Stephen Barret is a quack in his own right. His main drive is against nutritional supplements etc which may or may not deserve some criticism, but he is not qualified in nutritional science or has carried out his own experiments in same, therefore he has not a full understanding of nutrients (I’m not personally advocating them) and how they work and possible side effects.
    His alleged campaign as a consumer advocate is blatantly lacking in the examination of conventional medicine, and he would probably have done a lot more for mankind by casting his critical eye on some of the dangerous drugs being prescribed for serious illnesses that have been criticized by even mainstream media for their lack of effectiveness and horrible side effects.

    • ausGeoff says:

      Ignoring the fact that this diatribe directed at Stephen Barrett is totally off-topic, you obviously have a skewed opinion of his ‘Quackwatch’ site and apparently take every opportunity to damn the man. You’re obviously unaware that a psychiatrist is also a medical doctor/general practitioner, and therefore as competent to talk about medication or preventive nutrition as anybody else… and most certainly any lay person.

      To call Barrett “a quack in his own right” requires evidence of same, and which you’ve failed to provide. Personal opinion does not equal evidence. Presumably your poor opinion of Barrett is based on your own clinical qualifications and/or knowledge of psychiatry?

      Your (again unevidenced) claim that Barret knows nothing about nutritional science—which is at odds with his membership of the Academy of Nutrition and Dietetics (AND)—the largest organization of food and nutrition professionals in the US, just doesn’t make sense.

      It’s also more than obvious that you’re a supporter of CAM; you list a mere 20 (conventional) drug regimes that’ve been brought into disrepute—but not necessarily because of any intrinsic clinical failure—rather many of those drugs were simply [sic] misrepresented, illegally prescribed for off-label use, or subject to coercive marketing practices. In fact only ONE of those 20 drugs has been withdrawn from the market (Rofecoxib in 2004) as of today. And many of the remaining 19 drugs are on the World Health Organization’s List of Essential Medicines and/or the European Medicines Agency listing (and which drugs are the most important medications needed in a basic health system). And you’ve chosen to ignore the other 6639 prescription + conventional OTC drugs [FDA: 16/10/2014] whose use is unquestionably efficacious.

      (I apologise in advance for continuing this off-topic thread direction commenced by Macky, but I reckoned his misinformation about prescription drugs/Stephen Barret needed a corrective response.)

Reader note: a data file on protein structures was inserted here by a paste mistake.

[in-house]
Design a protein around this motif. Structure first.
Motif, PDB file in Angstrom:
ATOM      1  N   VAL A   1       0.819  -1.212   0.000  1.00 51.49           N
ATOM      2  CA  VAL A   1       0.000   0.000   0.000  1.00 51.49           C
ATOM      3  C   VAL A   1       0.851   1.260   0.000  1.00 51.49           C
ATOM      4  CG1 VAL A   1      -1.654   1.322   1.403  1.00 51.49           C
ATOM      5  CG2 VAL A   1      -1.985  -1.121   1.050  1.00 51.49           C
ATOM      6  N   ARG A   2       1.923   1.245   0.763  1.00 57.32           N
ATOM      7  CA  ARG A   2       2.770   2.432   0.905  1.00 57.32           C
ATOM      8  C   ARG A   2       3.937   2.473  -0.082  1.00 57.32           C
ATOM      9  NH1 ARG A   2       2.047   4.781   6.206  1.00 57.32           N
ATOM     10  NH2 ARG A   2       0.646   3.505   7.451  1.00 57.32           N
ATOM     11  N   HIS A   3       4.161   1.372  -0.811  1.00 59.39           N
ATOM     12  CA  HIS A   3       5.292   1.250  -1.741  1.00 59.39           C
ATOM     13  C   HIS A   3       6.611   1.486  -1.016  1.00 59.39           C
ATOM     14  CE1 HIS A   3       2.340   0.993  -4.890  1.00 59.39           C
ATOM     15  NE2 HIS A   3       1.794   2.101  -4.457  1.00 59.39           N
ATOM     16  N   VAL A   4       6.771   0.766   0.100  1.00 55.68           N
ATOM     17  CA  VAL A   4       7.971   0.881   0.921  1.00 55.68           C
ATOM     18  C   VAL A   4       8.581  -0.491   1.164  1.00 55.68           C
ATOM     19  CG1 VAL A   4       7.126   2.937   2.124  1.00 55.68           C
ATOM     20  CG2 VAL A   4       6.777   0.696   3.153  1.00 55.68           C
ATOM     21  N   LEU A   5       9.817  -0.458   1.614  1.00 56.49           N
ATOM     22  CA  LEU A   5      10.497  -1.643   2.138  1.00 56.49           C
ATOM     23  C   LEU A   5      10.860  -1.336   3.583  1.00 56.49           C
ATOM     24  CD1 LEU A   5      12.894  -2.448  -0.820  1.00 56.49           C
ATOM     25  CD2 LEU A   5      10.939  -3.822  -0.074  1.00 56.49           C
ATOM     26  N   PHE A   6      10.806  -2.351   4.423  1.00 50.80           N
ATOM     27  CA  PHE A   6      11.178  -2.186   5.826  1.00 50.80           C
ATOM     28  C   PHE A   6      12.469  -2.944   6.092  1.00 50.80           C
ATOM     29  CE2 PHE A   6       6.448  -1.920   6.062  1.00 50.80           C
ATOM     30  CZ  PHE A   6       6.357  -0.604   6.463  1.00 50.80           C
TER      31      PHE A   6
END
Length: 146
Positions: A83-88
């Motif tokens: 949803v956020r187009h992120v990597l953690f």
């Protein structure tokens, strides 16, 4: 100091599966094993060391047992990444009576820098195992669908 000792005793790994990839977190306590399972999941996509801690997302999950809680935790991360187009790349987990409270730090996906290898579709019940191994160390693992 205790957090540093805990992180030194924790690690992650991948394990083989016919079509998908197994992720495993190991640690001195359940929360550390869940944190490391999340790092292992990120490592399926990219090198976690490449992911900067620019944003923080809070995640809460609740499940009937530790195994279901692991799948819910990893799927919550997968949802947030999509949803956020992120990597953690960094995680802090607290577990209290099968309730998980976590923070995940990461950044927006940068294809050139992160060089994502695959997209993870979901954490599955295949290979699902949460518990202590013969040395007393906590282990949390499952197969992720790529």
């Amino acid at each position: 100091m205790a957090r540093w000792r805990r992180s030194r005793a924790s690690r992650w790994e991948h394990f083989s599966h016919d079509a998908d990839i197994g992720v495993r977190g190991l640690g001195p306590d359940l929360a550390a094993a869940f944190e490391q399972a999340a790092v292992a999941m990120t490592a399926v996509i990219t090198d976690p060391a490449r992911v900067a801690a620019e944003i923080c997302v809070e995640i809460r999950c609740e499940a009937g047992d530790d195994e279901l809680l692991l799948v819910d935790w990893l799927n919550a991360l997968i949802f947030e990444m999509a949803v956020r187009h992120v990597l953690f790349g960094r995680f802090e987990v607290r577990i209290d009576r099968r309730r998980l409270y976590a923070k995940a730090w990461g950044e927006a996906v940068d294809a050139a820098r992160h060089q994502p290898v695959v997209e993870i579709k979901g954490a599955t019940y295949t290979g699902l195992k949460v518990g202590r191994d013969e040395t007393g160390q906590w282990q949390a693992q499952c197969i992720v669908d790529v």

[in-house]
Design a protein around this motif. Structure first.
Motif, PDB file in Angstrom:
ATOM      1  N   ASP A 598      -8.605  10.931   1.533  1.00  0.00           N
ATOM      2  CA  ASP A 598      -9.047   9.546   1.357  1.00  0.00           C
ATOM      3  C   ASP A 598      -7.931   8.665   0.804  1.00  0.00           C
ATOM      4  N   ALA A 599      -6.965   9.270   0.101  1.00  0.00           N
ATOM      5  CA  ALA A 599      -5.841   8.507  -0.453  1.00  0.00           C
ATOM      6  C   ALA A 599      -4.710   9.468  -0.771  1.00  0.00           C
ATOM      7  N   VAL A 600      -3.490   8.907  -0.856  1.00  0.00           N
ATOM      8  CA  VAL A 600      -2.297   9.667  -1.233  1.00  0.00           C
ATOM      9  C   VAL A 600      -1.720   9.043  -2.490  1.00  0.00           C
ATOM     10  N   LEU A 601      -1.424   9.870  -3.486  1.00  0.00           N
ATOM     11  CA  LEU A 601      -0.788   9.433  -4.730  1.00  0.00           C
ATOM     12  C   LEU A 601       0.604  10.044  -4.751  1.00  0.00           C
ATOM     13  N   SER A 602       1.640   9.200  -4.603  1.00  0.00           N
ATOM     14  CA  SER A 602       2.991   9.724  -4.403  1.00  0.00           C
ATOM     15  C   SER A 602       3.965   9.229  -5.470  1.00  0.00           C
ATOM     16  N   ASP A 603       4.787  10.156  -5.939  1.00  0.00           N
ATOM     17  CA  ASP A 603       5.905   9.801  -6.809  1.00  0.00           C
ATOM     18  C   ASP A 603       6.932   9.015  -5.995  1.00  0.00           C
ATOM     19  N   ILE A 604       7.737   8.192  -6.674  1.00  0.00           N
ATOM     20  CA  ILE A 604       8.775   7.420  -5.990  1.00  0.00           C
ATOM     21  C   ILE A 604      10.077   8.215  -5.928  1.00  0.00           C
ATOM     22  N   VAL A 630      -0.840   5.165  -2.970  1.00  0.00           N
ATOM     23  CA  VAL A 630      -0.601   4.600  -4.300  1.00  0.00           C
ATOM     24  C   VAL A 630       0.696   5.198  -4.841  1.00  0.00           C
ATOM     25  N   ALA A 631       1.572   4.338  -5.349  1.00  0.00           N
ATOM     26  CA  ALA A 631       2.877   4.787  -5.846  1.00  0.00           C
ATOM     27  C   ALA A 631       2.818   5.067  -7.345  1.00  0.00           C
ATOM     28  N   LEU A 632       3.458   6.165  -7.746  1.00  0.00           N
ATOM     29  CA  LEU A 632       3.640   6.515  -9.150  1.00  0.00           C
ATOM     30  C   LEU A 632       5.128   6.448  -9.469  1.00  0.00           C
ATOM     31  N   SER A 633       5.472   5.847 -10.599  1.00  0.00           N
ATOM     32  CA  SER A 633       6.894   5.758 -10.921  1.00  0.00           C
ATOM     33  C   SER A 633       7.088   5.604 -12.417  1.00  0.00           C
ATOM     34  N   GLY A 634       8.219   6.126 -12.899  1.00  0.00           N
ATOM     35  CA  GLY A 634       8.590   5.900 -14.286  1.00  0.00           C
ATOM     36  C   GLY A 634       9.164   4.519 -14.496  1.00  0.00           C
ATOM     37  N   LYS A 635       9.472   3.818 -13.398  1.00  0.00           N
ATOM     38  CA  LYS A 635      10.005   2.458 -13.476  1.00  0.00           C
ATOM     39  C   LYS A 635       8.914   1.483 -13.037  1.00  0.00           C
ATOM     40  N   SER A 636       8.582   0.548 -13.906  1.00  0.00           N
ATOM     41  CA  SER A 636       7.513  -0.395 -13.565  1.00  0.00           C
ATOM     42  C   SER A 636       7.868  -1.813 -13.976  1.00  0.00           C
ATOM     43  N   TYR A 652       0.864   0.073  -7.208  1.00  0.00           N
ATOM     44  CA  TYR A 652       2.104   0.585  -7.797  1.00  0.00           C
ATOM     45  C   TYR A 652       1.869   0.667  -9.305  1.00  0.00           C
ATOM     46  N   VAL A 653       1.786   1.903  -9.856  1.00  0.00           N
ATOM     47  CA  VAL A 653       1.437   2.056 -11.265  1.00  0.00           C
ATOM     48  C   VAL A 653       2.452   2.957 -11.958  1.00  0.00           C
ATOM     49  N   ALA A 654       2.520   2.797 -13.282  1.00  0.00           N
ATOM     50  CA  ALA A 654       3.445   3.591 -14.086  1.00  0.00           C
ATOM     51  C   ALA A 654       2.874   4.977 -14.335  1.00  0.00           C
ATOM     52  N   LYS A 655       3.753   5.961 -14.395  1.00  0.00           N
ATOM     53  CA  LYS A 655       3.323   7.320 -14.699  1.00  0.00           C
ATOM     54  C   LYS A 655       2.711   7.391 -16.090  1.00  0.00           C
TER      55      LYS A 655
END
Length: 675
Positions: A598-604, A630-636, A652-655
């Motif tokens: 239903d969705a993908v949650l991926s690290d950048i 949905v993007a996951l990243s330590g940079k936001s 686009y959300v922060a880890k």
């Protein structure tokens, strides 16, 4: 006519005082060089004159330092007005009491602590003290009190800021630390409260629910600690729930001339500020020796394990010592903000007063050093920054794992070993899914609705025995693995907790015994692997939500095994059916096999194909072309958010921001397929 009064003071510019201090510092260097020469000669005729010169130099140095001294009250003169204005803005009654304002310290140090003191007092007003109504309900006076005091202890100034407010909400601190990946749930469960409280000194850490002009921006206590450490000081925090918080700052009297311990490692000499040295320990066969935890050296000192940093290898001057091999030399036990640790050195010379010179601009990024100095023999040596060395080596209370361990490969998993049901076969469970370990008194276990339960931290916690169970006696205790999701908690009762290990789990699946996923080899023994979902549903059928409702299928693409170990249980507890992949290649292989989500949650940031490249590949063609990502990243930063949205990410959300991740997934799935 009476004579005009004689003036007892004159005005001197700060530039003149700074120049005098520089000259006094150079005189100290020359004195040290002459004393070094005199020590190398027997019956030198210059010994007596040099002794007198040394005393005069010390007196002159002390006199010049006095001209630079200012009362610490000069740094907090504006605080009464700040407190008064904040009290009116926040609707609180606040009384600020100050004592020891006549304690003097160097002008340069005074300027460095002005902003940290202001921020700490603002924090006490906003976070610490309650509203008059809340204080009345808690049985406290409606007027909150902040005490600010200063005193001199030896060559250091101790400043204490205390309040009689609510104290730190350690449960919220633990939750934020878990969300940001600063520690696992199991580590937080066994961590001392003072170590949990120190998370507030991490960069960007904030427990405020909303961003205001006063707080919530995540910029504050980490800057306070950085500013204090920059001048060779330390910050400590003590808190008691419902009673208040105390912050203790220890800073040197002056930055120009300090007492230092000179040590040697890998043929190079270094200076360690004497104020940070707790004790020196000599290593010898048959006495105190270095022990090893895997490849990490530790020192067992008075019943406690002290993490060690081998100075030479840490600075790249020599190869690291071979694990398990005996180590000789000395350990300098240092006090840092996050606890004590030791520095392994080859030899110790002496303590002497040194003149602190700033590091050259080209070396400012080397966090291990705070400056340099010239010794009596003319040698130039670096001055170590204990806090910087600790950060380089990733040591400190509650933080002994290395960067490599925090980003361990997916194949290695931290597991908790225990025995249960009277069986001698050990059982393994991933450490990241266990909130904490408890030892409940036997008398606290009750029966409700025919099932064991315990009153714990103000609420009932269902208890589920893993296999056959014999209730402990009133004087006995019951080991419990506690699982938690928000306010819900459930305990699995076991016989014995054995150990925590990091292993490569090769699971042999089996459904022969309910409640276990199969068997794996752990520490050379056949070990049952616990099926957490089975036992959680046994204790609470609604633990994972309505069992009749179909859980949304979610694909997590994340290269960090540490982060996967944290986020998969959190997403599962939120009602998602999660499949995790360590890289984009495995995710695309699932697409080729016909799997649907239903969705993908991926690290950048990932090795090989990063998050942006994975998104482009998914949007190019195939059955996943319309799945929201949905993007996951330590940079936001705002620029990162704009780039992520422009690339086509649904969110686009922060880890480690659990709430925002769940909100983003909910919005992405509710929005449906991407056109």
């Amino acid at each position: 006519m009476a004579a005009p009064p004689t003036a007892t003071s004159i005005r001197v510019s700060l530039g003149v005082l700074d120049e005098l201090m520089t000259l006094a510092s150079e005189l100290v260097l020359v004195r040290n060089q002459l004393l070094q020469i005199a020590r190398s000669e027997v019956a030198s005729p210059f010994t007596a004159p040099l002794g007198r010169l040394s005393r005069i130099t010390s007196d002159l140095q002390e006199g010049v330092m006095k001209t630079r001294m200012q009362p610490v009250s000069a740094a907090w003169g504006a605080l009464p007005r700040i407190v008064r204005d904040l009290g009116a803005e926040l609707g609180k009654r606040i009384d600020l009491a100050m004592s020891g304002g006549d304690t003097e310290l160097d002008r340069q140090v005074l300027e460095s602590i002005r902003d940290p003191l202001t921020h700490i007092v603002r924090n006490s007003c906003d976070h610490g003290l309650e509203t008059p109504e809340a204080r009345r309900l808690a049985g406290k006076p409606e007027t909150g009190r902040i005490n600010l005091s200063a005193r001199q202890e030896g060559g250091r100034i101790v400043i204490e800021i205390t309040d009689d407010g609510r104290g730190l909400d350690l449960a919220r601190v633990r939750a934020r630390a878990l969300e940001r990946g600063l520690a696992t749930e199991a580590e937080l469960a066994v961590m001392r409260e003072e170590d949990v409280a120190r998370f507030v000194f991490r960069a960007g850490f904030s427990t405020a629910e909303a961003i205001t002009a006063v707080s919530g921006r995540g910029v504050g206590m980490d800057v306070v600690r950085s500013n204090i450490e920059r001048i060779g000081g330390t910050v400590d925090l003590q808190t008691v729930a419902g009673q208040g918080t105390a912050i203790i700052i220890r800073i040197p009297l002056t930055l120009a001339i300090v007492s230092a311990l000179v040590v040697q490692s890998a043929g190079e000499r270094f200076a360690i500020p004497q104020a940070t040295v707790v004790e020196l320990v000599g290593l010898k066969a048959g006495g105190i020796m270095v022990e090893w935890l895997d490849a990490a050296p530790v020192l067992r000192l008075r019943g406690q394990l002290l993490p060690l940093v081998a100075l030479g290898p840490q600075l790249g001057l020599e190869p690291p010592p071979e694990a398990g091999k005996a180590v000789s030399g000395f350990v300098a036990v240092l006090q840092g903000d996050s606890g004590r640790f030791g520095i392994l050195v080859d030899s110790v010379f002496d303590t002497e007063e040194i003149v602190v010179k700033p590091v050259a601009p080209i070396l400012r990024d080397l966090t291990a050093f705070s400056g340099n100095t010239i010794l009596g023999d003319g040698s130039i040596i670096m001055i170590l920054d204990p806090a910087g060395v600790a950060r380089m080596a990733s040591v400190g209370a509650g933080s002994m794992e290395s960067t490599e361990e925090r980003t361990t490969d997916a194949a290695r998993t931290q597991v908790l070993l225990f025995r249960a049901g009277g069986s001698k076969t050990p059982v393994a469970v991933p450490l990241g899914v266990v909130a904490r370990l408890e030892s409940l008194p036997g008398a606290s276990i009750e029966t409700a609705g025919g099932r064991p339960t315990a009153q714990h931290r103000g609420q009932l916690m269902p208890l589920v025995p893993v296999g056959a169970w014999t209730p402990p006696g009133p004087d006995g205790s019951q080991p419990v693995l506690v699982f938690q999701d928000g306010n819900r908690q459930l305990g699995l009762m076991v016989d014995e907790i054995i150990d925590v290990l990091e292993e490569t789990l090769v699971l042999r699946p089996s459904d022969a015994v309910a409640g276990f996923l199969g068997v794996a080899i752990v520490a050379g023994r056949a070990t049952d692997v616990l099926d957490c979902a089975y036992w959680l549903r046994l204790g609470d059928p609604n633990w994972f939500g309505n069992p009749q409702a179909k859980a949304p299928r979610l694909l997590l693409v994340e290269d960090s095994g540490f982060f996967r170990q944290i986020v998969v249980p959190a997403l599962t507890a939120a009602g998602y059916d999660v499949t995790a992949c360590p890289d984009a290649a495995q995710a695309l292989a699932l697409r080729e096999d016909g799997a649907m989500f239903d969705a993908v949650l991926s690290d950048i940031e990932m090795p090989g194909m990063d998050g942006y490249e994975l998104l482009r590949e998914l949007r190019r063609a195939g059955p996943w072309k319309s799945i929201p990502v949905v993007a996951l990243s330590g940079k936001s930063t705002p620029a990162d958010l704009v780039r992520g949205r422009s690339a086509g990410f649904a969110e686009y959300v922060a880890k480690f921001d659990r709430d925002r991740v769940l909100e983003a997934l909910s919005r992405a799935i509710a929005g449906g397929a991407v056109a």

• Macky says:

        ausGeoff, I am perfectly happy to be corrected by better information than mine on any topic or assertion.

        If I seemed overly harsh on Stephen Barrett, then it was primarily for his overtly one-sided regime, and as a counter to a Sydney scientist (mudguts) whose specialty is throwing off-topic quips and diversions into otherwise straight arguments/comments.

        Re psychiatry, you have not appeared to address the criticism of its unscientific nature and the link I sent. Perhaps this one may help with that :
        https://en.wikipedia.org/wiki/DSM-5#Attention_deficit_hyperactivity_disorder

        I have no idea who CAM is, but I am certainly not against proper use of scientifically-proven drugs and their selective targeting.

        However, the “mere” 20 drug regimes that I posted the Wiki to were only the top by value of settlement, and were notable by the number of Off-label Promotions, a serious and deadly health risk of inappropriate drug dispensing that may have killed many people, plus the convictions for proven kickbacks to doctors who were encouraged by the extra money to debase their profession.
        The reason why I brought that up was not to criticize conventional medicine as such. I would be a hypocrite if I did, my life being saved by Ventolin on one unpleasant occasion.
        But people such as Stephen Barrett who wade into those who promote alternative medicine or nutritional supplements, whether justified or not, in my opinion deserve strong criticism for their refusal to examine the criminal actions of the conventional drug industry, and of doctors who by taking kickbacks as happens often here in NZ, prescribing dangerous psychotropic drugs for purely physical maladies even to children, is a biased regime that ignores the seriousness of conventional medicine misconduct.

      • mudguts says:

        Its been pointed out many times that Macky is the worst sort of Quack and he takes offence to it until he changes his anecdotes..

        Social hypochondria quackery is pretty poor form

        • Macky says:

          In what way am I the worst sort of Quack, Henk ?

          Or is that another straight question that you will refuse to answer ?

          • mudguts says:

            Macky, its one of those questions that never needs to be answered now skeptoid comments has gone.

            But if you will.. the long suffering “friend’ you invented was quackworthy and hyperchondriacal anectdotalism.

            The number of diseases you had her anecdotally suffer (from response to response) made any reader absolutely sure that you were making it up..|

            Especially as she started off being a boy you knew that was lifted from a local site.

            But skeptoid comments being gone.. Its only Brian and those of us who archived mackynations that can enjoy these for prosperity.

            PS, you have used up your questions whether they be straight, rhetorical, loaded or pre-emptive and especially, things you could have looked up yourself.

            Still social hypochondria is pretty poor form. Even if the victims and their diseases were invented for a lost argument.

            Has strandpulling rants and comedy died?

  10. Sean says: